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Wednesday, 13 June, 2001, 11:14 GMT 12:14 UK
Smart money goes multilingual
ATM machines will installed in many remote rural areas. ©David Mercado
The new machines offer an unprecedented level of security
By the BBC's Andrew Enever in Bolivia

A Bolivian company is closing the gap between urban and rural economies through the design and production of its own easy-to-use smart card operated cash machines.

Prodem, which has been offering microcredit and other financial services for over 14 years to Bolivia's poor urban and rural population, sees the multilingual ATM is just the latest step in its services to those excluded from mainstream society - but it could become a Latin American hit.

Operated using only a smart card and a fingerprint scanner the new machines offer an unprecedented level of security to Prodem's clients." There is no possibility of fraud," commented Sergio Prudencio Tardío, national commercial manager at Prodem.

"If a customer loses their card, it is impossible for another person to use it because of the digital fingerprint."

Another advantage of the smart cards is that they store customer's personal details, account numbers, a record of transactions and a fingerprint.

Remote areas of rural Bolivia have been neglected by the financial industry.
Working to find easier ways for rural people to access their savings.

This allows the cash dispensers to operate without a permanent network connection, a great help in remote rural areas.

Simplistic approach

The machines also offer a functional simplicity capable of overcoming language barriers and illiteracy.

The Bolivian model will speak instructions to clients in a choice of either Spanish or one of the two predominant indigenous languages Aymara and Quechua.

To make things even easier clients will be able to access the various services available by simply touching the screen.

The ATMs and smartcards are the outcome of Prodem's work to find easier and more secure ways for rural people to access their savings.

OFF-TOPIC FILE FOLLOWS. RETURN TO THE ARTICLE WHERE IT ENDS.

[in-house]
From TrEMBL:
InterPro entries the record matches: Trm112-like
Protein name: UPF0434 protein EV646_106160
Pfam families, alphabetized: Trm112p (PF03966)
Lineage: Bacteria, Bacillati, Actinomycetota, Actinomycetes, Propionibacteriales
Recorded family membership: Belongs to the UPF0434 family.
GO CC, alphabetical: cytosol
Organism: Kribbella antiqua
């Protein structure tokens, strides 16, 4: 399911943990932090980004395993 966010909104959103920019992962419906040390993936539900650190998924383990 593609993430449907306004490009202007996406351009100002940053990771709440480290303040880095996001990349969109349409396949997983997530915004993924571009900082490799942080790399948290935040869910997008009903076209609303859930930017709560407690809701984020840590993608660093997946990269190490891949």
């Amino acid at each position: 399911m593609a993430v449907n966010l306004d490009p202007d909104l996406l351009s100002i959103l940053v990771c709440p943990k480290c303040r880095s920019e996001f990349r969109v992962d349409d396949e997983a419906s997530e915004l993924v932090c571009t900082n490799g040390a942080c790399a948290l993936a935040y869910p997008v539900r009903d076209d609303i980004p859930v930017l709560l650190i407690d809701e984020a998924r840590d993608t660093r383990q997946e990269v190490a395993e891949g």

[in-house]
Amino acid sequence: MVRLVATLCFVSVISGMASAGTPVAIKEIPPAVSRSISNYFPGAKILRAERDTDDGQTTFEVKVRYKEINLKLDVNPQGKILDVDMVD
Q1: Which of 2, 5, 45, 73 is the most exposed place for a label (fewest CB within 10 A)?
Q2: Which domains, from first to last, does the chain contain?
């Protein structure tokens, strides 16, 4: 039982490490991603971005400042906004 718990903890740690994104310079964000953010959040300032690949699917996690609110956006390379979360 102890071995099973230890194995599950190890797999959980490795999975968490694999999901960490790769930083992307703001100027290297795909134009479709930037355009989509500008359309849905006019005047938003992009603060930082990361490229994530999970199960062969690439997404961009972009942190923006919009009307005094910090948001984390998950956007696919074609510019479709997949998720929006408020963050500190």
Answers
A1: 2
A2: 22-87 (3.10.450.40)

However the decision to import the various technologies and make a final product in Bolivia was forced upon the company by the prohibitive prices offered by the industry leaders.

Expanding networks

Having taken on the task Prodem acted with speed, developing software to link the fingerprint and smart card readers with the dispenser, and adapting the Microsoft Visual Basic and Visual 'C' operating software to their specific requirements.

Less than a year later the company are completing tests on the prototype and the first ten production machines will be up and running by August of this year.

Prodem have further plans to expand their national network of machines but their ambitions have already spread beyond Bolivia's borders.

According to Prodem's Director Eduardo Bazoberry the company is on the verge of clinching its first deal to export 40 machines.

Other negotiations over the sale of programmed smart cards and the accompanying reader software to a Peruvian client are at an advance stage and on top of this certain major rural banking groups including Colombia's Bancafé and Banrural in Guatemala have made enquiries.

Cost effective

Such levels of interest are highly promising for the company, though they are hardly surprising when considering the competitiveness of Prodem's ATM.

Despite the technical advantages offered by the hardware combination of a De La Rue cash dispensing system, France's Gemplus smart card technology and a fingerprint reader from US-based Digital Persona, Prodem are building their machine for only $15,000, less than half the price of standard ATM's, which can cost anywhere between $35,000-$40,000.

Prodem have made the smart cards available to all their account holders at a price of $10 with a further $7 annual operating charge applicable.

The company operate 55 branches throughout Bolivia and plans to establish a branch in every one of Bolivia's 312 municipalities over the next five years.

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See also:

04 Jan 01 | UK
How credit cards get cloned
28 Mar 01 | Country profiles
Country profile: Bolivia
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